How did a bit of rocky land with poor soil become a wildlife refuge? Winnie has spent years demonstrating that a yard can be more than just a decorative skirt around a house. It is possible to not only replicate the surrounding ecosystem but improve upon it, providing water, shelter and food for literally thousands of kinds of insects, spiders, and other animals. A couple of small re-circulating water features, bird baths, a feeder or two, lots of rocks, some good soil, and areas with decomposed granite create the foundation for a fascinatingly active and interrelated biome. Herbivorous animals, namely insects, feast on the abundant vegetation. These, in turn, are preyed upon by other insects, spiders, birds, lizards and snakes. Some of these hunters are themselves food for other predators, so the concept of a food chain becomes more like a food web, as various animals of all sizes find nutrition in whatever is their adapted manner. Scavengers that clean up the remains not only return nutrients to the soil but may themselves become a meal for yet another organism. An astute observer can find and witness the workings of our large environment within the confines of a single yard.
I first met Winnie in 2008 when I was regularly visiting and photographing at the Lady Bird Johnson Wildflower Center and she was a volunteer. I often chatted with the people working in the gardens and they had learned that I was keen on invertebrates. After Winnie several times suggesting that I might enjoy visiting her yard, and I always politely declining because I thought that I had plenty of other natural areas that already occupied my time, her persistence resulted in an exchange of emails and directions to Winnie's house in Manchaca. It only took one visit to get me hooked, and I have been returning to her yard once a week ever since. Winnie's subtle coaxing and tireless example of volunteering eventually influenced me to the point that I too joined the volunteers at the Wildflower Center. Her seemingly endless curiosity encouraged me to teach people about the tiny creatures that make up the vast majority of our wildlife, hence I started and continue to lead the Fauna Project, an ongoing effort to document the myriad species living within the Gardens.
Although Winnie probably first had beautiful flower beds in mind when she began her yard's transformation, the idea of biodiversity in both plants and animals was there too. A riot of color is a good description of her gardens during much of the year. And the flowers are not the only sources of that splendor. Butterflies abound on any warm day. Taking the time to learn about host plants for caterpillars, Winnie has provided what is undoubtedly one of the premier butterfly nurseries in the area. By simply catering to one kind of insect, all the others, including bees, flies, dragonflies, beetles, etc., benefit. Avoiding pesticides insures that the natural balance between herbivorous insects and predators is allowed to continue undisturbed. Aphids, scale, and caterpillars of all types are present, but so are the wasps, assassin bugs, ladybird beetles, and other predators that keep them in check. Birds, living high on the food web, enjoy the abundant supply of insects that helps them successfully raise their broods every year.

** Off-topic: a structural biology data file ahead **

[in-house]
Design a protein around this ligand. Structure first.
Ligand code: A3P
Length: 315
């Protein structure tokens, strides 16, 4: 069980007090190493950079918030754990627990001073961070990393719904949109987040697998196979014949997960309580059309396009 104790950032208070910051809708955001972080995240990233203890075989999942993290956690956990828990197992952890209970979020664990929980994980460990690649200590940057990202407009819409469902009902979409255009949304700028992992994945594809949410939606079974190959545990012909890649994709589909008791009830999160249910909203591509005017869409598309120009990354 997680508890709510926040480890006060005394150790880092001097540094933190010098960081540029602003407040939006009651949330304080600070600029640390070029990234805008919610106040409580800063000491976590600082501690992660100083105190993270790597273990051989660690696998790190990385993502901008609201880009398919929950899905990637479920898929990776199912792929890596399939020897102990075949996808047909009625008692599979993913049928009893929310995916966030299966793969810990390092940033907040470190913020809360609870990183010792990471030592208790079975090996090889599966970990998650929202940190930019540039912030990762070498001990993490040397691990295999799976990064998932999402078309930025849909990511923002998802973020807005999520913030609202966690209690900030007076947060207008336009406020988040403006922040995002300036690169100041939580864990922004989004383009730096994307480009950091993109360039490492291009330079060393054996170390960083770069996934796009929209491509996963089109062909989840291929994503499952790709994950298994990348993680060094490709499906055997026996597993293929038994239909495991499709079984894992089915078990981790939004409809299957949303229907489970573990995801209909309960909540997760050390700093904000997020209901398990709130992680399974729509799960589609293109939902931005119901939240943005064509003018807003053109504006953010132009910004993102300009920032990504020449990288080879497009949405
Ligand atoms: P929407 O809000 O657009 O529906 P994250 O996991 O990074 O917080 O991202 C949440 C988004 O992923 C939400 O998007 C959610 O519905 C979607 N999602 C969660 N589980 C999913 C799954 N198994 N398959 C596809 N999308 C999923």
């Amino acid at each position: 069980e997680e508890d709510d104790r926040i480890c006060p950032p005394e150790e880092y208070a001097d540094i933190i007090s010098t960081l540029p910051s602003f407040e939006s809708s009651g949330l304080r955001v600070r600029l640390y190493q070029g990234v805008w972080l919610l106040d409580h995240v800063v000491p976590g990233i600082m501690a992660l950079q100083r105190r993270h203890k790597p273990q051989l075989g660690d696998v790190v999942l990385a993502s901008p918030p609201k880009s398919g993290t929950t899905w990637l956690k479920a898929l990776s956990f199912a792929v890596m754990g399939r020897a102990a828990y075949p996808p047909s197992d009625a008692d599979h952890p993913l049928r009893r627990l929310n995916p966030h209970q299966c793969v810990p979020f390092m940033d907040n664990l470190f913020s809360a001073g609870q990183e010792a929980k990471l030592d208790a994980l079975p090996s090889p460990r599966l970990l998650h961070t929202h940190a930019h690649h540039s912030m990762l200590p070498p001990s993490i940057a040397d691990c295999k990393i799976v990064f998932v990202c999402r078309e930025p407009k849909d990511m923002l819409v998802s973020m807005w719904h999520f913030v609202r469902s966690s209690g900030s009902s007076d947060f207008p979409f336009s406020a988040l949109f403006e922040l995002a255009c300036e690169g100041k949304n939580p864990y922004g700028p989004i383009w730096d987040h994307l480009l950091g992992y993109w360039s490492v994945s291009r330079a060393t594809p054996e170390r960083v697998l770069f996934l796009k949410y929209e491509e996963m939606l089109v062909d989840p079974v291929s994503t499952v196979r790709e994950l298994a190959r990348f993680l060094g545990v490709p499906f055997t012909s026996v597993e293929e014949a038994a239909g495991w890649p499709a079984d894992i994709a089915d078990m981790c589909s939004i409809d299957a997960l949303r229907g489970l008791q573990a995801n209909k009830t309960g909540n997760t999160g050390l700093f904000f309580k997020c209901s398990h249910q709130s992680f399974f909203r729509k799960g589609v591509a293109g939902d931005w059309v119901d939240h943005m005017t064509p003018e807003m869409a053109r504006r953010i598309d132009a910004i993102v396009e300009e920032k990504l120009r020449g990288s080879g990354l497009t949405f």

Not only do I enjoy watching and photographing the insects and spiders that live in her gardens, but Winnie's passion for the environment makes talking with her a delight. We share some opinions about how we relate to the nature that surrounds us, including the belief that a plant which hasn't fed an animal is not doing its job, a weed is just a wildflower that is growing where we humans don't like it, a garden crowded with many kinds of plants is a happy place, and the more animal species, the merrier. Unless an insect, spider or plant directly offends us
A rare Xami Hairstreak that visited Winnie's gardens in 2012
Through drought periods, which happen with dismaying regularity around here, Winnie does not irrigate her yard or gardens. Manchaca has been under water use restrictions for awhile now, but that is not the only reason for her strong commitment to water conservation. She simply cares too much about the environment to waste a precious resource. She has a rain collection system, which she uses to replenish the water levels in her small fountains, and keeps gallon jugs handy in order to hand water newly transplanted flowers. In spite of the lack of sprinklers or other irrigation, much of her yard looks relatively lush and green, even during the worst heat of the summer. When cooler temperatures and rains prevail, it is positively verdant.
I never tire of making the trip to Manchaca to spend a couple of hours watching the wildlife against a backdrop of gorgeous plants. I am constantly finding species I've never seen before. Winnie's generous sharing of plants and seeds insures that the lovely flowers inhabiting her gardens will also grace yards all around Austin, while the bugs and other critters that they nourish will be safe from human intervention because Winnie has impressed upon everyone who will listen the importance of biodiversity and its relationship to a healthy environment.